In the United States 17 states and the District of Columbia have cell phone restrictions for teen drivers. In 2003 the National Transportation Safety Board recommended that states limit or bar young drivers from using cell phones while behind the wheel. Motor vehicle crashes are the leading cause of death for teenagers in the United States. Teens are three times as likely as other age groups to be involved in a fatal crash.
Laws and statistics don’t seem to mean much to the teenaged brain. I know they didn’t when I was that age and driving like a madman. The need to be accessible to friends is a more powerful motivator than a fatality statistic or an obscure law most teens don’t know or care about.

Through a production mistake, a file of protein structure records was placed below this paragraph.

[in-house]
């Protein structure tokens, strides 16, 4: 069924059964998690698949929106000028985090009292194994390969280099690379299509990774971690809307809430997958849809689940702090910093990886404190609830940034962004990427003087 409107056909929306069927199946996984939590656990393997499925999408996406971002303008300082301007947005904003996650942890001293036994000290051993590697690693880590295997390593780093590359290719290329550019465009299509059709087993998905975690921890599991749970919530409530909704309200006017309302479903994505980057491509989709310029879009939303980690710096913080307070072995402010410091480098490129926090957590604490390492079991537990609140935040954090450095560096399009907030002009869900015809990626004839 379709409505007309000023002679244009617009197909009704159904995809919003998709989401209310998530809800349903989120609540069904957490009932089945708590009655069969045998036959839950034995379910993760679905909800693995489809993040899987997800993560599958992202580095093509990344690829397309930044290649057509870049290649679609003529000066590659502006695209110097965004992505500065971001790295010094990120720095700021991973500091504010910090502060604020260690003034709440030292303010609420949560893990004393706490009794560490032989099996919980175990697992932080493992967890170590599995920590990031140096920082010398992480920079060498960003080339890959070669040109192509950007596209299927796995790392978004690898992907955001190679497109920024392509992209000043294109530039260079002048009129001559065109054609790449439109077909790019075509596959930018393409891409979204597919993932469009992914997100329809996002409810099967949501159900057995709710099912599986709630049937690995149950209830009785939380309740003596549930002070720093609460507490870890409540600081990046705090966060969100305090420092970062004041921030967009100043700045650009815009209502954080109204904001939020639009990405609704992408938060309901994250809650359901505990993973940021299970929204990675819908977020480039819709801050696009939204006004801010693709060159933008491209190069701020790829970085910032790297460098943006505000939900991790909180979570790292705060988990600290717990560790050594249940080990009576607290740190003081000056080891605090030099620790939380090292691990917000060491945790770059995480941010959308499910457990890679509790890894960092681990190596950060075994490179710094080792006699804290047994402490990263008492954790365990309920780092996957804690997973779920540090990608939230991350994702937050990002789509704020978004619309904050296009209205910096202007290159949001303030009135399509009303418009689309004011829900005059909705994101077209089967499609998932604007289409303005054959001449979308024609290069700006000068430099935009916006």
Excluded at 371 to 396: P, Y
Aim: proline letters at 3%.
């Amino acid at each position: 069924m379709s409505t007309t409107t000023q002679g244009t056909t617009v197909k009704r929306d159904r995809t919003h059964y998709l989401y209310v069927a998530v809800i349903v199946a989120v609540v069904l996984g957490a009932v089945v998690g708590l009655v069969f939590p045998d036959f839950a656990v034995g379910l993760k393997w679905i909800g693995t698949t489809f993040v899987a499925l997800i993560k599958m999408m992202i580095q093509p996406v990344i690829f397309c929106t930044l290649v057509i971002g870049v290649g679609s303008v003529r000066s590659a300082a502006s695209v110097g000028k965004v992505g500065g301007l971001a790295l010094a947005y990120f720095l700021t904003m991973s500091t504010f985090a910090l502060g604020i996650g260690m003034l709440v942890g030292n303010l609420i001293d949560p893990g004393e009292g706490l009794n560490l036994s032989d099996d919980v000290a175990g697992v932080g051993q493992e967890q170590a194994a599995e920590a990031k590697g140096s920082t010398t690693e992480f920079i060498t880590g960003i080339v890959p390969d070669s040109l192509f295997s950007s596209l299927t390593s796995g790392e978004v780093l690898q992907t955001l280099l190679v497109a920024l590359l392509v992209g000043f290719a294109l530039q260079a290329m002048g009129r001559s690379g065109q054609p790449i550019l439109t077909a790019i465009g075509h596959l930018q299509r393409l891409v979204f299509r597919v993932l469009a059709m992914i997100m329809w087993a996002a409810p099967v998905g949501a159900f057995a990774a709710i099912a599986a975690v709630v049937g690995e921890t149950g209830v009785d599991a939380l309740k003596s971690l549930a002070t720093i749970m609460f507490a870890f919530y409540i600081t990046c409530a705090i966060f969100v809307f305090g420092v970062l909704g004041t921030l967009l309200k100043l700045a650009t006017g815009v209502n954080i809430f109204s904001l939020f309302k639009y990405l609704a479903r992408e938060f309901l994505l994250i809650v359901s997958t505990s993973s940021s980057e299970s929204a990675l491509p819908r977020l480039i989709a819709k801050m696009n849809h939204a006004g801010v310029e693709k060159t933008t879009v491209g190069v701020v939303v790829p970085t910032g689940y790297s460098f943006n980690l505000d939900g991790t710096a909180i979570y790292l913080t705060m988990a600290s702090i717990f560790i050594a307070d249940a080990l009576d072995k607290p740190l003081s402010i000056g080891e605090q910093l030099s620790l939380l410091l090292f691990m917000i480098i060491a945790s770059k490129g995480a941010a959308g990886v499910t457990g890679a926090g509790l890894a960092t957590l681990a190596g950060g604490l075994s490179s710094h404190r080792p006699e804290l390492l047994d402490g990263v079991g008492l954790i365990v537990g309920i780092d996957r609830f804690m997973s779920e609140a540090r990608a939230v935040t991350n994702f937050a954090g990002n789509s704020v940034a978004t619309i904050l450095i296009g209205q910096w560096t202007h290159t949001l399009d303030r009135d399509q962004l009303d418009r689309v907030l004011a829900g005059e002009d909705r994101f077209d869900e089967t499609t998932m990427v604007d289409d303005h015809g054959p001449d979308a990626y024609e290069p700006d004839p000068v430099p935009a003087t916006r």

The Insurance Institute for Highway Safety studied North Carolina’s law, which fines drivers under the age of 18 who are caught using a cell phone. It then compared the number of teen drivers in South Carolina who drove while using a cell phone, where there are no laws against teens who drive and use a cell phone. The study found that both sets of teens used their cell phones while driving at about the same rate.
I’m not an advocate for laws that ban cellphone use while driving. Talking on the phone can be safe, depending on road conditions and the disposition of the person driving. Most states have laws for reckless or distracted driving that cellphone driving could fit into. The only reason specific laws are passed against the cellphone driver is because it makes people feel better attacking someone who is perceived to be dangerous, even though there are already laws on the books that protect us from people who are actually dangerous.